U.S. agency to hold meeting on baby bottle chemical

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WASHINGTON (Reuters), Aug 15 - The U.S. Food and Drug Administration said on Friday it will hold a public meeting next month about the safety of a chemical found in baby bottles and many other products.

Environmental groups say the chemical, bisphenol A, can hurt children and animals. But the FDA and European regulators, as well as the plastics industry, say it is safe.

The National Toxicology Program, part of the U.S. government's National Institutes of Health, has issued a draft report expressing concern that bisphenol A could cause neural and behavioral problems in fetuses, infants and children.

The FDA said its meeting would focus on this.

The chemical, commonly known as BPA, is used in polycarbonate bottles, including water bottles and baby bottles, as well as the lining of cans, including infant formula cans.

Environmental and consumer safety groups have pointed to studies that show the chemical can interfere with how the body absorbs the hormone estrogen, which is key to the development of young bodies.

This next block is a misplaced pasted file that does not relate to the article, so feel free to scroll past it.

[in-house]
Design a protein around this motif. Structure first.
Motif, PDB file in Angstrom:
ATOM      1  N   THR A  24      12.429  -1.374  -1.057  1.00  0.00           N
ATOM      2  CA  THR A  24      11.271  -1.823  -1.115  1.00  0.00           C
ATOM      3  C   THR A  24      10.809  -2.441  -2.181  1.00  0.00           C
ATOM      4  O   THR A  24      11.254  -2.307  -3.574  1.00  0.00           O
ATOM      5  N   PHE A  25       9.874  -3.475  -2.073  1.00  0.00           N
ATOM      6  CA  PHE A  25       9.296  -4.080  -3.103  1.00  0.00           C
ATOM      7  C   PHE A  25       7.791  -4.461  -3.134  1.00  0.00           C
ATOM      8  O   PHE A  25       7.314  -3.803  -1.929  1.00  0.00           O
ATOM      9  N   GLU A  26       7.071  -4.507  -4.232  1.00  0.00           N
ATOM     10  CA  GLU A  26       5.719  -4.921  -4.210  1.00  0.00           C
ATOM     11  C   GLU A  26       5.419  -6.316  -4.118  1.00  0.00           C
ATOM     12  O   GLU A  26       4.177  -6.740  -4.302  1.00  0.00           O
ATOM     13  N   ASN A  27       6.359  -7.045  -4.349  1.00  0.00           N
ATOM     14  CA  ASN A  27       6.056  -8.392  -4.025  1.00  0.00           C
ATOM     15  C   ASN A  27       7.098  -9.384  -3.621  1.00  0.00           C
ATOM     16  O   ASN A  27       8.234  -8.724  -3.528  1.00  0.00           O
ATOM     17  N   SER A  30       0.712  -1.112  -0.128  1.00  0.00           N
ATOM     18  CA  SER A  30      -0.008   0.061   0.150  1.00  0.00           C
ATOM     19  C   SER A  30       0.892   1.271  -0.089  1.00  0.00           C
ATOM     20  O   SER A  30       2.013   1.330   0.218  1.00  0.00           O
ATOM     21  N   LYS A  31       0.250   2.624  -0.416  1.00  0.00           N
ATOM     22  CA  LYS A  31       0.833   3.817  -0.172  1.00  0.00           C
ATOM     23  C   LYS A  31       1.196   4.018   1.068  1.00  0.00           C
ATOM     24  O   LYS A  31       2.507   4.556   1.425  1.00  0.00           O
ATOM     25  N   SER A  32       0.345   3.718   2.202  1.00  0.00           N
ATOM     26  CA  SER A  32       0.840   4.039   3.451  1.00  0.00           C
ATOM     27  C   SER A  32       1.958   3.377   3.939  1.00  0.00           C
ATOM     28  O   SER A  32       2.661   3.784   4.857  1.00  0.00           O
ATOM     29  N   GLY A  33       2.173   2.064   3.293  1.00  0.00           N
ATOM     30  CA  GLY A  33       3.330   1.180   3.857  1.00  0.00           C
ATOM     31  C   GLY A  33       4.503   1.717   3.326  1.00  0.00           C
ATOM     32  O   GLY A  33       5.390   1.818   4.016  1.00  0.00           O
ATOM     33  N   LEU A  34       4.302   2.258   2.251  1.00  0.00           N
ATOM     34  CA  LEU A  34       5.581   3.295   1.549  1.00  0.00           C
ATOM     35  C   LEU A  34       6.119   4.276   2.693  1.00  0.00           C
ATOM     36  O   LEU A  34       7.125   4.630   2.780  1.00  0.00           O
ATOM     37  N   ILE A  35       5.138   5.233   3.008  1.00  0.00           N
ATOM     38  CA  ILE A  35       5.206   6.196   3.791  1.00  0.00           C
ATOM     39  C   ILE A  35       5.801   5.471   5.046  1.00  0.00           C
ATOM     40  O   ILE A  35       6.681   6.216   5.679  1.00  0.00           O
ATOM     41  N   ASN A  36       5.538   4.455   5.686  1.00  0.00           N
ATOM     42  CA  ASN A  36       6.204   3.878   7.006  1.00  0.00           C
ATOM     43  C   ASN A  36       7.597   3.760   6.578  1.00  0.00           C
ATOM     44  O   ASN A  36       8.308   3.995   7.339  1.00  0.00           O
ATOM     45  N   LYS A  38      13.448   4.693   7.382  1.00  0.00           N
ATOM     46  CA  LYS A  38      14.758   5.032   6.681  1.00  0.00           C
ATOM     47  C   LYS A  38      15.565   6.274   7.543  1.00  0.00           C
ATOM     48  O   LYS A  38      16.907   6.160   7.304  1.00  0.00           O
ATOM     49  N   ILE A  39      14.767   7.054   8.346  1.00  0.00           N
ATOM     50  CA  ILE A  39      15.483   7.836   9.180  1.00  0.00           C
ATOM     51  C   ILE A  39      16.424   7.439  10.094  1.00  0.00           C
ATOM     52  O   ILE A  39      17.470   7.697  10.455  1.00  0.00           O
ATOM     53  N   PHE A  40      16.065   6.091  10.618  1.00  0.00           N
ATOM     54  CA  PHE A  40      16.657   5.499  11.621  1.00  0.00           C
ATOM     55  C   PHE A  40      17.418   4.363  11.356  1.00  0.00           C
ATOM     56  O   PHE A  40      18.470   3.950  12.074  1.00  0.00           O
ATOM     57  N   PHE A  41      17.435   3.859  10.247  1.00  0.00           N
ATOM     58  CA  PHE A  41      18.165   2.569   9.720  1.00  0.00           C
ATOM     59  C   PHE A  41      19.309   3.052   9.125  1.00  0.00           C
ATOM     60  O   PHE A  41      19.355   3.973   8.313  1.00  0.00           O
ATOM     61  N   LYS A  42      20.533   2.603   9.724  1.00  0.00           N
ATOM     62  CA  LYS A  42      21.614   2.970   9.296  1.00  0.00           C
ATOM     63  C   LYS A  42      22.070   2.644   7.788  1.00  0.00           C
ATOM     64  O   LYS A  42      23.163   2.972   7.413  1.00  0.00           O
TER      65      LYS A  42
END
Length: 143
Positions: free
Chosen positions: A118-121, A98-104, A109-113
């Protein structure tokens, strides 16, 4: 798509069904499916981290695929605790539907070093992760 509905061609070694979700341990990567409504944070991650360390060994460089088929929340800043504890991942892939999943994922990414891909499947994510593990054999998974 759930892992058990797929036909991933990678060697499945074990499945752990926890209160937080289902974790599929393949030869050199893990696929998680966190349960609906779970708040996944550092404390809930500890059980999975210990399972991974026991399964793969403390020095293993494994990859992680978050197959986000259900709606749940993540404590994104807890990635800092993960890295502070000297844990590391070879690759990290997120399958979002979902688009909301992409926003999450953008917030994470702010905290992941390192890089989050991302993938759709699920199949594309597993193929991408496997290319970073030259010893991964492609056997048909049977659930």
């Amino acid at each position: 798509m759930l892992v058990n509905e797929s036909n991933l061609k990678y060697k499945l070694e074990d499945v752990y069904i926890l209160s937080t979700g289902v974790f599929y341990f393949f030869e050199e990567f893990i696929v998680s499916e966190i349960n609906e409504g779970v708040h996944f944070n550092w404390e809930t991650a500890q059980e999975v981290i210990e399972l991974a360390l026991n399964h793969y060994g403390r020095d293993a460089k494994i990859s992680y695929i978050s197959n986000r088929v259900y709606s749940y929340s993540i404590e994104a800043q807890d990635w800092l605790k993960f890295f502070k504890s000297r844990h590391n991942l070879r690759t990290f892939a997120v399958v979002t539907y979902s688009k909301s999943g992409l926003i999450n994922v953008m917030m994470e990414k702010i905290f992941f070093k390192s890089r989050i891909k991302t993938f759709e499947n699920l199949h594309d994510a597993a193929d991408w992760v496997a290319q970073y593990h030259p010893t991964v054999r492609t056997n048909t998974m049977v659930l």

The meeting, set for September 16, will welcome public input, the FDA said.

The agency has posted a draft assessment that says further study of the chemical's safety is badly needed, as there is not enough information now to judge whether people are taking in unsafe levels -- and what those unsafe levels might be.

Democratic U.S. senators in April introduced a bill to ban BPA in children's products. Canada is also moving to ban it.

U.S. states including California, Maryland, Minnesota, and Michigan are considering bills to ban or restrict BPA in children's products.

But a scientific panel of the European Food Safety Authority said last month it had looked into how people metabolize BPA and concluded that the tiny amounts of the chemical to which humans are exposed leave the body quickly enough to cause no harm.

Some retailers and manufacturers have said they will stop using the chemical in some products.

Last Updated: 2008-08-15 15:31:23 -0400 (Reuters Health)

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